Becoming a Physical Therapist in Utah – UT
The state of Utah lays out many restrictions and regulations in reference to attempting to get a physical therapy license. While Utah does require some of the same statutes and procedures as other states, their licensing procedure appears to be slightly more comprehensive.
Steps to Become a Physical Therapist in Utah
Utah is a great state of open and wide plateaus and extensive scenery to look upon. It is fairly safe to state that the income of a physical therapist, averaging $66,000 per year, can provide for a significant quality of life in this incredible state.
Outlined here are the steps that must be taken in order to get a physical therapy license in Utah.
Step #1: Seek Out an Accredited School in Utah
The state of Utah requires that students wishing to pursue a career in the physical therapy field attend a nationally accredited school. The governing body which accredits the school should be the Commission of Accreditation of Physical Therapy Education, also known as CAPTE.
This provisional requirement of national accreditation is upheld by the Utah Division of Occupational and Professional Licensing, as well as the Utah Physical Therapy Association, or UPTA, in sponsorship with the American Physical Therapy Association, or APTA. All of these organizations require that a student complete the required course work through a nationally affiliated accreditation agency before any type of license can be issued.
When seeking out a school in Utah that meets this national accreditation requirement, it is important to keep in mind the purpose of the accreditation. The CAPTE is a governing organization which implements and maintains that professionals employed in the physical therapy field are competent and suitable for their job; thus turning out great professionals to the public.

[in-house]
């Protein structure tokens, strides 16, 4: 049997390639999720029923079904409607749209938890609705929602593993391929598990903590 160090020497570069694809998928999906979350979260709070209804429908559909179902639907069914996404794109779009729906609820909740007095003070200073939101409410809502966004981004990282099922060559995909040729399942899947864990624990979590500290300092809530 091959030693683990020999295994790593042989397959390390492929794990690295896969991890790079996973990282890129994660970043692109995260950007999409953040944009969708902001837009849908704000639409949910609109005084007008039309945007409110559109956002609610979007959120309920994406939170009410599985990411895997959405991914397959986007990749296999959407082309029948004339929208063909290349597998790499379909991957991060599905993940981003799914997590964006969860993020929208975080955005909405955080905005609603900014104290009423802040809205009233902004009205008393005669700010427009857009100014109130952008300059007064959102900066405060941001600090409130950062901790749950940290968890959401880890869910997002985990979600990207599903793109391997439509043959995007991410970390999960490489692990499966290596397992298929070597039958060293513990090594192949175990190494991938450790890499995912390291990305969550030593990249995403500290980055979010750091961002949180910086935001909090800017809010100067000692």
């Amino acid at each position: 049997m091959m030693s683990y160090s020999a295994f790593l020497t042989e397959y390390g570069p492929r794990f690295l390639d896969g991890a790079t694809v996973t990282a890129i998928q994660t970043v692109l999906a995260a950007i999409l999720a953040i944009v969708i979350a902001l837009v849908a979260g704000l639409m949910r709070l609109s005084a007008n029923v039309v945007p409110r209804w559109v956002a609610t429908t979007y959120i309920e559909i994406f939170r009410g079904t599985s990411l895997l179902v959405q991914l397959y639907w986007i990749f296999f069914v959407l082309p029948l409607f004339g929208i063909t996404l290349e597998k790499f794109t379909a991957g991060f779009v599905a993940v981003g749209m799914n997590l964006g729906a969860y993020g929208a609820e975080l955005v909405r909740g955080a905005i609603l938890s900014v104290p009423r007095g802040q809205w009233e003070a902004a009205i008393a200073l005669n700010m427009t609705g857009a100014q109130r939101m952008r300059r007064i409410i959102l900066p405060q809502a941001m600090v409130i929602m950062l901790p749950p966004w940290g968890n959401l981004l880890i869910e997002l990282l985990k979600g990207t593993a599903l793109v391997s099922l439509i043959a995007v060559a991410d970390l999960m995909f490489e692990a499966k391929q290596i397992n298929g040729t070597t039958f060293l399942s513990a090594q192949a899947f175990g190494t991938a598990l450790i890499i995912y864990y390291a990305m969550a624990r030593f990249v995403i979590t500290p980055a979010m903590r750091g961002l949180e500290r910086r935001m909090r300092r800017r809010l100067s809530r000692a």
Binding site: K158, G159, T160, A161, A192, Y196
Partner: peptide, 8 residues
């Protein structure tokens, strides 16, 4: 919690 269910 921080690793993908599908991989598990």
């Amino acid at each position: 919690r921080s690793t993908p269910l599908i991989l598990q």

Step #2: Take the Utah Physical Therapy Law and Rule Examination
This is where the state of Utah differs slightly from other states in their requirement for a physical therapy license in Utah. The Utah Physical Therapy Law and Rule Examination, also known as a jurisprudence exam, is a take-home style test which is administered by the Utah Division of Occupational and Professional Licensing.
The purpose of this test is to make sure that Utah students are up to date and understand all of the current and provisional laws regarding physical therapy in Utah. Since students will be held to these standards when they are employed and practicing as a physical therapist, the state of Utah likes to make sure that students are prepared for this feat before they attempt to take the national examination.
Step #4: Prepare for the National Physical Therapy Examination
The National Physical Therapy Examination is a test which is produced by the Federation of State Boards of Physical Therapy, also known as FSBPT. This test is something that all Utah physical therapy students must take and successfully pass before they will be considered for a state license.
The National Physical Therapy Examination charges a non-refundable fee of $350 for each prospective student to take the examination. Retakes of the examination are allowed, however it is highly recommendable to make sure that the examination is passed the first time around so as not to delay the licensing process.
Step #3: Getting Licensed in Utah
The state of Utah has an application process in order to be considered for a physical therapy license. Once it can be verified that the student attended an accredited educational institution, passed the Utah Physical Therapy Law and Rule Examination and graduated from the National Physical Therapy Examination with at least a passing score, the process of licensing application in the state of Utah can begin.
Utah does not lay out strict regulations on how many times the NPTE test can be taken; thus the examination can be taken as many times as is needed. The fee for applying for a physical therapy license in Utah is $70 and this fee only has to be paid once, unless the application process fails. If the application process fails and the student attempts to re-apply, another licensing fee will be applied.